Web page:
Belgium lifts face mask obligation on public transport, travel rules from Monday

Belgium lifts face mask obligation on public transport, travel rules from Monday
Credit: Belga

The Consultative Committee has decided to deactivate Belgium’s coronavirus barometer from Monday 23 May, meaning the face mask obligation on public transport will disappear after the weekend.

While the Consultative Committee is usually followed by a press conference with Prime Minister Alexander De Croo, Federal Health Minister Frank Vandenbroucke and the Minister-President of each region, the authorities announced their decisions via a press release on Friday.

As all coronavirus indicators are evolving positively, the obligation to wear a face mask will be lifted everywhere – except in hospitals, doctor’s offices and pharmacies. “This means people will no longer have to wear a face mask in public transport,” said De Croo.

This also means that passengers will be able to use the front doors to get on De Lijn’s buses again, as the plastic separation between the driver and the passengers will be removed from next week, the company announced.

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Still, wearing a mask remains recommended in very busy places and in healthcare environments such as residential care centres or when going to the dentist, physiotherapist, psychologist or even speech therapist.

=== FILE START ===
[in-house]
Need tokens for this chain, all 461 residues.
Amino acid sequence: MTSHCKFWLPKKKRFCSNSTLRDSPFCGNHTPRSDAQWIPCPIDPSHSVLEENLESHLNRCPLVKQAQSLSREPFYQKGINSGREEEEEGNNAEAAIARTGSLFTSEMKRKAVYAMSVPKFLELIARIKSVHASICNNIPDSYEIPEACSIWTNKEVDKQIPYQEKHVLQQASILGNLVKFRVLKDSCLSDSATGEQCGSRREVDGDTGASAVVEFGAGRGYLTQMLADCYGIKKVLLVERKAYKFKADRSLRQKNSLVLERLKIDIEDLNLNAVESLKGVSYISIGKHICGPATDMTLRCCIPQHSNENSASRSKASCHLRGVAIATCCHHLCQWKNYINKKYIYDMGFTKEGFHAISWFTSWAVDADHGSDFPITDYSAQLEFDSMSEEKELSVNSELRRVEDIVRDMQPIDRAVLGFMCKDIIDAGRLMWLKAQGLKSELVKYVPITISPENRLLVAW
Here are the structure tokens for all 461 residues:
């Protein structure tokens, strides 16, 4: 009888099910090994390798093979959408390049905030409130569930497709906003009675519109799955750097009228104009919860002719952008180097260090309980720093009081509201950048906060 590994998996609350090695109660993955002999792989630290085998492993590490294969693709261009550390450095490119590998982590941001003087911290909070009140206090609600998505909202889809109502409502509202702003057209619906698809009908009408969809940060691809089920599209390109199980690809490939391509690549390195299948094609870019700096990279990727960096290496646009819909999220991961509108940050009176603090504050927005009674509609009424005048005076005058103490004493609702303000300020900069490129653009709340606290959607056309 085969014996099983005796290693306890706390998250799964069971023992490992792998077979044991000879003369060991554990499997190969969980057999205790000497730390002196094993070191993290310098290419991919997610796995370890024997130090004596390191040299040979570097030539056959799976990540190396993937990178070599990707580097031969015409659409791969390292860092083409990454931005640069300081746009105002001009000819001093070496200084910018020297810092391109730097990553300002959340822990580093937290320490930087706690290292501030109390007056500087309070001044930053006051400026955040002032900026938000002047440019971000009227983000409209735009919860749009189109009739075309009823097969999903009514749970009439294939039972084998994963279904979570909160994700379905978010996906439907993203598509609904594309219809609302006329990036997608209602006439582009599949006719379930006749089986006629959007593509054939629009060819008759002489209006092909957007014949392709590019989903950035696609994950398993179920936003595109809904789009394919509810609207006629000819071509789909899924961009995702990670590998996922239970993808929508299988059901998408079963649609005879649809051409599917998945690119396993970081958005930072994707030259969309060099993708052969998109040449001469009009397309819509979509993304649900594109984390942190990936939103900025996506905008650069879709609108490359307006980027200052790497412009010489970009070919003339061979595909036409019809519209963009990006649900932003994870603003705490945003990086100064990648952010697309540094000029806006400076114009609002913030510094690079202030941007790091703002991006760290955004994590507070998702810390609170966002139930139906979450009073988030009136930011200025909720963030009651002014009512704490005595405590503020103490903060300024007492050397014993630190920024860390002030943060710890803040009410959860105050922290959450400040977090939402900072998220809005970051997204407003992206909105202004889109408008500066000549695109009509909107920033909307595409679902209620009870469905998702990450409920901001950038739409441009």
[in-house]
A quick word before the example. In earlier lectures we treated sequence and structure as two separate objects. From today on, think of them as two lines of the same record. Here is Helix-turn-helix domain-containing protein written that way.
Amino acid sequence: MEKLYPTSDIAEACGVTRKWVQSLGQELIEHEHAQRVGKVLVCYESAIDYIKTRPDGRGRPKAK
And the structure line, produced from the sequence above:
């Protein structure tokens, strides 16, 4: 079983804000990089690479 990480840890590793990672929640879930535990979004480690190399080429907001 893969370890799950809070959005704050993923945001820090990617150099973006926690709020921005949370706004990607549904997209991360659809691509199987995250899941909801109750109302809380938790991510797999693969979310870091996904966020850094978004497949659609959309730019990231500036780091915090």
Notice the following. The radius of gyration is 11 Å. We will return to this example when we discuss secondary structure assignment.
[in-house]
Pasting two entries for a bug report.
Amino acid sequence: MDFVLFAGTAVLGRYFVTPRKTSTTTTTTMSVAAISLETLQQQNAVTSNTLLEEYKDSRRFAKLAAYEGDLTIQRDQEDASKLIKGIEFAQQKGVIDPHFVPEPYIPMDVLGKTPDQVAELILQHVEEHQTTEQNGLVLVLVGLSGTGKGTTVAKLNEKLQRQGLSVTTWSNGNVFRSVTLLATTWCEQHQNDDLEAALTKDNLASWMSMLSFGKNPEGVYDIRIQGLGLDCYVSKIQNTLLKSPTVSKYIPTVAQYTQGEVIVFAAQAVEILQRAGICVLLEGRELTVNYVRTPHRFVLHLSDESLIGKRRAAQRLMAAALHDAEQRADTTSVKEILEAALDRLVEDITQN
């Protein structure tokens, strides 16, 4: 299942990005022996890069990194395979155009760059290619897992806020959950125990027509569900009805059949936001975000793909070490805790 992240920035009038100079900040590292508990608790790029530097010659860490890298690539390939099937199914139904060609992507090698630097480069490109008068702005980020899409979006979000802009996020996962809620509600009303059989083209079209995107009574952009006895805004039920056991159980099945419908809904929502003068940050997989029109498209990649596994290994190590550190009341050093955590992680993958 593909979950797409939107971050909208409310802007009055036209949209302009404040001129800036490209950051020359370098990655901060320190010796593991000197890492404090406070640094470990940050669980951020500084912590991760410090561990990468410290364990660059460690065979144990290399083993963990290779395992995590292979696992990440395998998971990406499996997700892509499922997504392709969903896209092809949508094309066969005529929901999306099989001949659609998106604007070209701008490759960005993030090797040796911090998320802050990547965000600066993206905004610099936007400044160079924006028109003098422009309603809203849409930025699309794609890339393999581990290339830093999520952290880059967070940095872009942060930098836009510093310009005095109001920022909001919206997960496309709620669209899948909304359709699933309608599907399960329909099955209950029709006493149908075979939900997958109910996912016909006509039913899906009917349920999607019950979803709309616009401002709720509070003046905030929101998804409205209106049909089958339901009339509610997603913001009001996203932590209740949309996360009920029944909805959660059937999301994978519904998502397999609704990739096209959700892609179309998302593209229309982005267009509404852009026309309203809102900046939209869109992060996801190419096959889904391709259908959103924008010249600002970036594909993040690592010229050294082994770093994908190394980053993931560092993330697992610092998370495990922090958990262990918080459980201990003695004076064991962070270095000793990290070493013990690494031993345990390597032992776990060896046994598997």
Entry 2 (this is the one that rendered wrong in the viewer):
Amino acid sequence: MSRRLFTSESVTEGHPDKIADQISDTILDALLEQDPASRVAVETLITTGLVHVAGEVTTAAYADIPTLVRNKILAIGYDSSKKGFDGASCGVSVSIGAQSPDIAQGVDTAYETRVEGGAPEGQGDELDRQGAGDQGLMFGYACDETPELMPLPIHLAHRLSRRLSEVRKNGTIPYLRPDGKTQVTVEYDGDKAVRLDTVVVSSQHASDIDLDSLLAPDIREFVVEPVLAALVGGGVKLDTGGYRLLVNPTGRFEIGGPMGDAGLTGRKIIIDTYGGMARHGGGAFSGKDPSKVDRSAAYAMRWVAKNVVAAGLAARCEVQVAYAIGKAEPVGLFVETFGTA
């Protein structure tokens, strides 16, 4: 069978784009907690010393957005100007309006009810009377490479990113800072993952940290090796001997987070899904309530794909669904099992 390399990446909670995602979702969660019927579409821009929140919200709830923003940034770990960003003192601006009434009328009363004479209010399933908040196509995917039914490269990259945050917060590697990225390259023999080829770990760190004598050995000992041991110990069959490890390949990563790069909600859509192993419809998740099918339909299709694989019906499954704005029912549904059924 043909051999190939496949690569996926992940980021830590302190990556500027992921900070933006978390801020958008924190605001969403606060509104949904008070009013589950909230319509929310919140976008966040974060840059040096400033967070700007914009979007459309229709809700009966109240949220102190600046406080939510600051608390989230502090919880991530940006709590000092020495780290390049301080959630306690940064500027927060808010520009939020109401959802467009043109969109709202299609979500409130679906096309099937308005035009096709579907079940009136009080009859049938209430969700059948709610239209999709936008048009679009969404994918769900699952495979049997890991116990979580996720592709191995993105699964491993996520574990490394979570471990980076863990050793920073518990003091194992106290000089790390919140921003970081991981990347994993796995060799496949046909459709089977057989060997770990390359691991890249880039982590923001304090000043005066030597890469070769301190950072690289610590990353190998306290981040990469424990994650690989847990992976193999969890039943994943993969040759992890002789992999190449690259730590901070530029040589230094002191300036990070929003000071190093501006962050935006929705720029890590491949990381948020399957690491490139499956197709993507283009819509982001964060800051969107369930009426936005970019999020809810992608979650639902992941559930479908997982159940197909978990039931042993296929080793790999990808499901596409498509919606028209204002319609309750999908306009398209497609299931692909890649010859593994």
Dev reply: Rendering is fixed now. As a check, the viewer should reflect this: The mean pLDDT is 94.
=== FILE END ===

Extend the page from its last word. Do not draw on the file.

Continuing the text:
Proper ventilation of indoor spaces also remains highly recommended as it is a strong defence against virus transmission and is generally good for wellbeing, health and productivity.

The ban on non-essential travel from outside the European Union will also be lifted, as will the obligation to get tested on days 1 and 7 upon return to Belgium. The 10-day quarantine, the requirement to present a Passenger Locator Form (PLF) and a valid vaccination, recovery or test certificate will also be gone.

“However, this does not apply to travellers coming from a country with a new variant of concern. For them, the current rules continue to apply,” De Croo said.

Pandemic preparedness

Since the outbreak of the Covid-19 pandemic, there has been a clear strengthening of the “lines of defence,” including testing, contact tracing, vaccination, ventilation, healthcare capacity, pandemic surveillance (including genome sequencing) and mental wellbeing.

The Consultative Committee wants to anchor this defence in a sustainable way and requests advice from the Covid Focal Point, which will work closely with the different Regional Governments for this.

Additionally, the Interministerial Conference (IMC) for Public Health will investigate whether and how an additional booster shot can provide better protection against a possible new wave.

The Minister of Health will further investigate the epidemiological added value of the Covid Safe Ticket (CST) and its place in the coronavirus barometer.


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